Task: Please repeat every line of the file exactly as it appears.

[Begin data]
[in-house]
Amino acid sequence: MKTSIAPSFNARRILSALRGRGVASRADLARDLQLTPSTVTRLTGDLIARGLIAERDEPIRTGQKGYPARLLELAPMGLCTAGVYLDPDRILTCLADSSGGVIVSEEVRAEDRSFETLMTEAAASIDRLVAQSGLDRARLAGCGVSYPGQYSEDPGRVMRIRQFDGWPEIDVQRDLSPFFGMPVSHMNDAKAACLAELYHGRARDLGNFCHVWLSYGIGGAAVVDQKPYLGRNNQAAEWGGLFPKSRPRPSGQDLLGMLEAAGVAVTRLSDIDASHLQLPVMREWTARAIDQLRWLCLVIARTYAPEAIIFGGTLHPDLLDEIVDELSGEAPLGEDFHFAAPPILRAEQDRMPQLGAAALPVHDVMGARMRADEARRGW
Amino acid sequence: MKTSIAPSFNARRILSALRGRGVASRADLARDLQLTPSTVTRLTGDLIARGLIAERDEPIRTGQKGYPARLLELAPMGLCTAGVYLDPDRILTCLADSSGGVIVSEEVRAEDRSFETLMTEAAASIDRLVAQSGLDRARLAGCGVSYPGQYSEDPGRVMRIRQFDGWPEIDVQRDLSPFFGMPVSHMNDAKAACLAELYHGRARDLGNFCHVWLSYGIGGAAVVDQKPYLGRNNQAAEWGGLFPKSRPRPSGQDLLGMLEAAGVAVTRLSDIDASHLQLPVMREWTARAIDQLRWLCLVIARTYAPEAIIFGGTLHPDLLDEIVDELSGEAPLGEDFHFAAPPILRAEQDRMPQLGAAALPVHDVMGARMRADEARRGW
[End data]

[in-house]
Amino acid sequence: MKTSIAPSFNARRILSALRGRGVASRADLARDLQLTPSTVTRLTGDLIARGLIAERDEPIRTGQKGYPARLLELAPMGLCTAGVYLDPDRILTCLADSSGGVIVSEEVRAEDRSFETLMTEAAASIDRLVAQSGLDRARLAGCGVSYPGQYSEDPGRVMRIRQFDGWPEIDVQRDLSPFFGMPVSHMNDAKAACLAELYHGRARDLGNFCHVWLSYGIGGAAVVDQKPYLGRNNQAAEWGGLFPKSRPRPSGQDLLGMLEAAGVAVTRLSDIDASHLQLPVMREWTARAIDQLRWLCLVIARTYAPEAIIFGGTLHPDLLDEIVDELSGEAPLGEDFHFAAPPILRAEQDRMPQLGAAALPVHDVMGARMRADEARRGW
Amino acid sequence: MKTSIAPSFNARRILSALRGRGVASRADLARDLQLTPSTVTRLTGDLIARGLIAERDEPIRTGQKGYPARLLELAPMGLCTAGVYLDPDRILTCLADSSGGVIVSEEVRAEDRSFETLMTEAAASIDRLVAQSGLDRARLAGCGVSYPGQYSEDPGRVMRIRQFDGWPEIDVQRDLSPFFGMPVSHMNDAKAACLAELYHGRARDLGNFCHVWLSYGIGGAAVVDQKPYLGRNNQAAEWGGLFPKSRPRPSGQDLLGMLEAAGVAVTRLSDIDASHLQLPVMREWTARAIDQLRWLCLVIARTYAPEAIIFGGTLHPDLLDEIVDELSGEAPLGEDFHFAAPPILRAEQDRMPQLGAAALPVHDVMGARMRADEARRGW